Calicia, age 12 of Atlanta, GA wrote:

Chariety, age 12 of St. Helens, OR wrote:
When I did this the water stayed on top of the string but if I put a magnet below it the water will go throughthe string and to the magnet.

Atecia, age 10 of Macon, GA wrote:
It did not work.

Kayla, age 9 of Pleseant Prairie, WI wrote:
What happened was I put a little drop of water on a string and I held it and the water never dripped off until my brother touched the drop of water.

Shaylene, age 11 of Hubley, NS wrote:
It slide right down the string and into the cup when I tied the string to the water container and tied the other end to a cup!

D'Aaron, age 11 of Achorage, AK wrote:
When I did water on a string it did not work, but I just had to keep trying and it worked.

Gerardo, age 12 of Gardena, CA wrote:
Wow it actually was cool it did travel!

Fayssoux of Spartanburg, SC wrote:
I thought of this independently when a drip from the faucet kept me awake. I tied a string to the faucet, and the drops ran down the string into the sink without a sound. I also tried this with a rainy night dripping skylight, by attaching a string and putting the other end into a bucket. A magical quiet night.

Katherine, age 8 of Manhasset, NY wrote:
The water was driping down the string fast.

Laurena, age 13 of Paterson, NH wrote:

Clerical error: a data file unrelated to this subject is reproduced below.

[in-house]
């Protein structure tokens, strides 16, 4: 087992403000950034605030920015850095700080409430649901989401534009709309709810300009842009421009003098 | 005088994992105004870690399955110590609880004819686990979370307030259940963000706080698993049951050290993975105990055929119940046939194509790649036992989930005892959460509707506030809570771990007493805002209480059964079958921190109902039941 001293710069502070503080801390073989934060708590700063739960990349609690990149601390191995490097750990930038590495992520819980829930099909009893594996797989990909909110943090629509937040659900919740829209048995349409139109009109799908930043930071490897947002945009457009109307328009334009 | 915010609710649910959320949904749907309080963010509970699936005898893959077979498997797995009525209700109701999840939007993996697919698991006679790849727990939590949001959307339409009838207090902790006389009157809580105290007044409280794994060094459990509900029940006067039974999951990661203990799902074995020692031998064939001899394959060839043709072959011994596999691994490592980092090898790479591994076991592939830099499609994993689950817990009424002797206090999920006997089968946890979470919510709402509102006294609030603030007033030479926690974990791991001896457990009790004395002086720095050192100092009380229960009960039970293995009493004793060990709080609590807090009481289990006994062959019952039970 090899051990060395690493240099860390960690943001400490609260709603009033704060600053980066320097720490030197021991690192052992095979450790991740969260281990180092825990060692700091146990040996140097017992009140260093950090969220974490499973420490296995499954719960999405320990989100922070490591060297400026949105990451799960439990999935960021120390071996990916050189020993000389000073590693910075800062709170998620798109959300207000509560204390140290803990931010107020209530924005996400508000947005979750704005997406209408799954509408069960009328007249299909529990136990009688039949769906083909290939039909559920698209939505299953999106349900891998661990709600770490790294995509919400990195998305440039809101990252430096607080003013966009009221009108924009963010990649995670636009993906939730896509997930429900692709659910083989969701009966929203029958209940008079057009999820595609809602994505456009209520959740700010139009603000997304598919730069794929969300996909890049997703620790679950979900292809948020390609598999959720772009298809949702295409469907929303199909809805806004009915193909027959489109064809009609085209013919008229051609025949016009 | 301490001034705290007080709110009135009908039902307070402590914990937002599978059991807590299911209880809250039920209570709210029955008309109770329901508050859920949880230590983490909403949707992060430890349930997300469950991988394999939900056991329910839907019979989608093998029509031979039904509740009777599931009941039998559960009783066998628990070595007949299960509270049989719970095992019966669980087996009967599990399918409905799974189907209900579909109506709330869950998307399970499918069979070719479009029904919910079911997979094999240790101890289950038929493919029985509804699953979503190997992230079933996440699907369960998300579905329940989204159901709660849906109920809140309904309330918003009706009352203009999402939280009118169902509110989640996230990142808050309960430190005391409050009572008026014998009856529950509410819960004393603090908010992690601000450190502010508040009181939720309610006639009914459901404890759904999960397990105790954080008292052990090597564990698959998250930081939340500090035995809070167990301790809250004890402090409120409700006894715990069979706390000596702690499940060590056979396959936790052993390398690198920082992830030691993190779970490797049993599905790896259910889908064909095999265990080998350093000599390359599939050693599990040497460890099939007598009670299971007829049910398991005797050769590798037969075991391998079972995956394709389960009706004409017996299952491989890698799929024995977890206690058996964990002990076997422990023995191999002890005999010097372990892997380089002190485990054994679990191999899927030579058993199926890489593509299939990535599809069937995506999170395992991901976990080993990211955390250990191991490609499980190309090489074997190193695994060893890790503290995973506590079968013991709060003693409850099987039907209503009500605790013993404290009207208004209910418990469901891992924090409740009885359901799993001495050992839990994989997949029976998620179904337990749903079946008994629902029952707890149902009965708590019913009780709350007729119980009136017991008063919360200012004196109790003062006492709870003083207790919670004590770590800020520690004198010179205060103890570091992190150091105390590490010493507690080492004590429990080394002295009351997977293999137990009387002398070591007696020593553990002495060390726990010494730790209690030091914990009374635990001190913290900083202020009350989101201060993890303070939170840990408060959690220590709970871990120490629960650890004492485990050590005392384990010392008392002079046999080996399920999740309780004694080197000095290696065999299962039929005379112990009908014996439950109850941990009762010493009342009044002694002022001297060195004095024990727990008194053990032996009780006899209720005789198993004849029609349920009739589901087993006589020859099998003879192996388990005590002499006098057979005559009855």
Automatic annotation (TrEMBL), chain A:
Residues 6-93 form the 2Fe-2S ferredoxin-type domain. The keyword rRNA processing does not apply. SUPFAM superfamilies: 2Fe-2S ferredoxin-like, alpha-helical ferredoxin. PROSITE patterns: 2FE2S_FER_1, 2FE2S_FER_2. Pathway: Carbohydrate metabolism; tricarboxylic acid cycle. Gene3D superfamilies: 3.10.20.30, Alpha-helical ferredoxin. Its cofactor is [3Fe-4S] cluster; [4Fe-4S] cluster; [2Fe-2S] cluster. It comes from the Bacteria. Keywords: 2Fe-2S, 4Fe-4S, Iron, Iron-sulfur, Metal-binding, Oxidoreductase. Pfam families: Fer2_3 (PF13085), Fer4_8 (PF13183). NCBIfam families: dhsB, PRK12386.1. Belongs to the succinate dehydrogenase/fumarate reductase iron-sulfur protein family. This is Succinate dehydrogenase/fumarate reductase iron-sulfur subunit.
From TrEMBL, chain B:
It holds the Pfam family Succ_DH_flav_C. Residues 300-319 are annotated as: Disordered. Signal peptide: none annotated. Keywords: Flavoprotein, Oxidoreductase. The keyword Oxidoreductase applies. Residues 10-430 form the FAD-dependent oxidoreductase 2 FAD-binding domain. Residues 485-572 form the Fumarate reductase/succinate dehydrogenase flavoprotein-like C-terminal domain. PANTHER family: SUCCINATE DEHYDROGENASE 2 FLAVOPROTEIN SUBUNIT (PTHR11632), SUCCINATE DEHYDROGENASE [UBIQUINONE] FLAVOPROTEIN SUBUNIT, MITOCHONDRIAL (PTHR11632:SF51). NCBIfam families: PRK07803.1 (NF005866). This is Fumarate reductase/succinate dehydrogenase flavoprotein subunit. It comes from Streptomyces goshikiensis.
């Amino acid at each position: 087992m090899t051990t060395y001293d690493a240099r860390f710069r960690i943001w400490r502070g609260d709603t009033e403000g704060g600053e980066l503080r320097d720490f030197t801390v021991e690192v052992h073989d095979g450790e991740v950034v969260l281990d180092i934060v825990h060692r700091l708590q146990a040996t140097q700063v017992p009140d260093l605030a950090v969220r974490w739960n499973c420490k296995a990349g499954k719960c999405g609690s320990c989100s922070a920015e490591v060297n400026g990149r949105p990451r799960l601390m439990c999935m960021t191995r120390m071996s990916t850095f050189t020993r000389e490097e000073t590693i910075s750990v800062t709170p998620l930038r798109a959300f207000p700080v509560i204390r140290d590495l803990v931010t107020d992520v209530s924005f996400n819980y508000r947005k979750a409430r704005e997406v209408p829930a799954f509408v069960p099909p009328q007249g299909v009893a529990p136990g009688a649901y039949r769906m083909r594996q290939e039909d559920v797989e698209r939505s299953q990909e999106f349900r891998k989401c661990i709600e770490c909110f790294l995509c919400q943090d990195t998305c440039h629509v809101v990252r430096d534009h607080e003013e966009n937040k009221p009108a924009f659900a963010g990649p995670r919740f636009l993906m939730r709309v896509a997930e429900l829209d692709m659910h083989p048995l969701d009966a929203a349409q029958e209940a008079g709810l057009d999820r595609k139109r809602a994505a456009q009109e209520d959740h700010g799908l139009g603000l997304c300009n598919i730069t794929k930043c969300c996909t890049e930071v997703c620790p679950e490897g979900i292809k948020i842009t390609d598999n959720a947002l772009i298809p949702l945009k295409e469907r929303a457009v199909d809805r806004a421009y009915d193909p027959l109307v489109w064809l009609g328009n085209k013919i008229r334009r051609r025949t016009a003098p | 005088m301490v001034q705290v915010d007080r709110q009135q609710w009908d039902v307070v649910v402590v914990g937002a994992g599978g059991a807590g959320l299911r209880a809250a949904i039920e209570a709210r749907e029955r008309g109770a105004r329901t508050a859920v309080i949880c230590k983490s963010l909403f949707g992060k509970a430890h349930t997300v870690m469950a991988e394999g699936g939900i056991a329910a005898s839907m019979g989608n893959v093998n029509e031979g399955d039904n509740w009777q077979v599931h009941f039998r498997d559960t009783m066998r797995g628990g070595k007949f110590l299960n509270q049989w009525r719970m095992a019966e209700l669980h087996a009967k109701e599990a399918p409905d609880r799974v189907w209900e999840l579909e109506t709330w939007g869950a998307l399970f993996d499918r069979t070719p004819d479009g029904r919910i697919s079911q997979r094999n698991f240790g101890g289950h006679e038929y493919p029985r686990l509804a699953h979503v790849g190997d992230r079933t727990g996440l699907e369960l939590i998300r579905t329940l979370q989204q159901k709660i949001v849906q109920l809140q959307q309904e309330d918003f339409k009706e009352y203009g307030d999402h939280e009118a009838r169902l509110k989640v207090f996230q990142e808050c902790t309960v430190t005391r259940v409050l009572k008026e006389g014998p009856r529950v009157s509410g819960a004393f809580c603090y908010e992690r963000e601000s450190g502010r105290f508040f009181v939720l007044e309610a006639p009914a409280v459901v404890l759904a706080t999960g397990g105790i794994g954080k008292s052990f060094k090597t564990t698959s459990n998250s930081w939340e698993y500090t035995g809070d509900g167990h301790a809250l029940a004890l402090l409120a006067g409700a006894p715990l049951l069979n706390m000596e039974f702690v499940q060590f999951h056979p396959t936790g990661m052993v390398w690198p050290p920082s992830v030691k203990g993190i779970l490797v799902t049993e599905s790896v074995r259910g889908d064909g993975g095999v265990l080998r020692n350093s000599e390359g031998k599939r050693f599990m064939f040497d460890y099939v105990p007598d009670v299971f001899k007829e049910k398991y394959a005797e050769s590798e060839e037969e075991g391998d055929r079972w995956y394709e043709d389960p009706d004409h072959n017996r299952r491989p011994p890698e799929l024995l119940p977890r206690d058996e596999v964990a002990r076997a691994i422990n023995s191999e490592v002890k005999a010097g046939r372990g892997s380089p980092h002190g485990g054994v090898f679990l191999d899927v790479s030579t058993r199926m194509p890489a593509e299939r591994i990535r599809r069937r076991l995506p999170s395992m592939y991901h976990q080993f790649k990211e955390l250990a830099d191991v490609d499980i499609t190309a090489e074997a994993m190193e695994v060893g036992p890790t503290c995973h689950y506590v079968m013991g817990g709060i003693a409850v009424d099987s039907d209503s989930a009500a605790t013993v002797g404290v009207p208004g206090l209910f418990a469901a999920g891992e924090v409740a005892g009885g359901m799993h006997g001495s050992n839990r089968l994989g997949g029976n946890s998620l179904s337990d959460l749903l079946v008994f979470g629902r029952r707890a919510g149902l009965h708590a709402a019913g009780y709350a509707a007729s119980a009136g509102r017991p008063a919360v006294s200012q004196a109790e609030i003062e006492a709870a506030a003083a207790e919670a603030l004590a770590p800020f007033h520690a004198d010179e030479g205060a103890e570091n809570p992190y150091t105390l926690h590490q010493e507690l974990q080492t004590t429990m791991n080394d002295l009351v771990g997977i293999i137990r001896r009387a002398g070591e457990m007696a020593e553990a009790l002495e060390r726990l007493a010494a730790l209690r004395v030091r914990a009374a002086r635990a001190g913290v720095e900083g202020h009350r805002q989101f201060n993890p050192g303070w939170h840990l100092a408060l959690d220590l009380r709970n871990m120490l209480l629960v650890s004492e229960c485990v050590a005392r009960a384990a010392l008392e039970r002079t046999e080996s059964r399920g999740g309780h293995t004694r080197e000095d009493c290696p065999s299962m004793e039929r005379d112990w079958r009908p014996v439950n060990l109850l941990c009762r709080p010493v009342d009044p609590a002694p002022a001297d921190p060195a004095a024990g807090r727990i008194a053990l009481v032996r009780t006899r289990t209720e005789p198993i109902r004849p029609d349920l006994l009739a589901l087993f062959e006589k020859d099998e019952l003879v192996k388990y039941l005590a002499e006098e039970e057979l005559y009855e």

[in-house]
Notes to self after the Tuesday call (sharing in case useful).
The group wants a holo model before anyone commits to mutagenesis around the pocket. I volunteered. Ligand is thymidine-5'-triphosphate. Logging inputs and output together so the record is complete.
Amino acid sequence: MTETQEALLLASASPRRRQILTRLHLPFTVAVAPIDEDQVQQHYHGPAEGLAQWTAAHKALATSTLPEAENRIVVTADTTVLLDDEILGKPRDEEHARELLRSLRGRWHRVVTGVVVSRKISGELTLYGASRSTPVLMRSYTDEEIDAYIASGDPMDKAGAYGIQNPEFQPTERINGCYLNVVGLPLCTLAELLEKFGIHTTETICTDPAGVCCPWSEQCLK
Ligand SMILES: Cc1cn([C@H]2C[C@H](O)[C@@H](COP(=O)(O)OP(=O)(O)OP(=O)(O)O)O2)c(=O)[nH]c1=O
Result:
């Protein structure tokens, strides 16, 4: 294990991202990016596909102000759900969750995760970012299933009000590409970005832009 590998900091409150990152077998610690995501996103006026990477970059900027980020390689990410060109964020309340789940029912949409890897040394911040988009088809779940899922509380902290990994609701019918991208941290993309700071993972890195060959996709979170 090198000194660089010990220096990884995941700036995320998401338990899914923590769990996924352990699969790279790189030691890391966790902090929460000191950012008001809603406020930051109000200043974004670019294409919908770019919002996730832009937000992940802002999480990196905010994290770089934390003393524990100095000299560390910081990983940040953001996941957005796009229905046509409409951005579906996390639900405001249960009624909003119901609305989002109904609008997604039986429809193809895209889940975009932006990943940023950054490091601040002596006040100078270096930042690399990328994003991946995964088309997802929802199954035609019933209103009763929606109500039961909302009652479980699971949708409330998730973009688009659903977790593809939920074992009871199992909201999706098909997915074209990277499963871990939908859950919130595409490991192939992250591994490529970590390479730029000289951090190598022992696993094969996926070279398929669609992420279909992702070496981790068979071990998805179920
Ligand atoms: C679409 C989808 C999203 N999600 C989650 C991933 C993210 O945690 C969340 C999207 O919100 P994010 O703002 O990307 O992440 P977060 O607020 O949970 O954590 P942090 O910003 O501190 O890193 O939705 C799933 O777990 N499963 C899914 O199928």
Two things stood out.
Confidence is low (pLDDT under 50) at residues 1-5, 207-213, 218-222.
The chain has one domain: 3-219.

At first, the water went everywhere and it wasnt sliding on the string. It was much harder than I had expected. But, after a couple of tries iked easier than when I started. I found out that the clothesline worked better that yarn, twine, or dental floss! It was really cool to see the water drip down like that!!

Mercedes, age 8 of Oshawa, ON wrote:
What happend when I was done that there were little drops hanging and so I shook the string and none of them fell of I thout it was a cool thing to find out.

Jaelyn, age 11 of Bolivar, MO wrote:
Well, I first did I t not thinking that it would work. But it did. Here is how I did it. I took a whole bunch of yarn and taped each piece side by side on a minnie grill that someone had thrown away. But any metal surface will do. You need to make some strings in the middle longer and tape some popsicle sticke to the back to hold them up. Those strings are what the water will fall down. Then, you need to find a container that will hold the water on the waterfall. After that, you need to find something that will hold the grill up. I used some kleenex boxes. After that you can put it to the test!!!

Nicole, age 11 of Seymore, CT wrote:
Water stayed on a string wich was moving.

Anjanay, age 12 of Detroit, MI wrote:
The water slid down the string kind of slow, but it dripped fast.

Tina, age 10 of Cincinnati wrote:
The project is so cool it looked like a waterfall on a string.

Amanda, age 11 of Ridgeway, VA wrote:
I used a little thin and smooth string and it was having a little trouble at first but soon as I got the hang of it it was easy.

Max, age 7 of Armonk, NY wrote:
If you pour it slowly, it works better. It helps to have two people to do the experiment.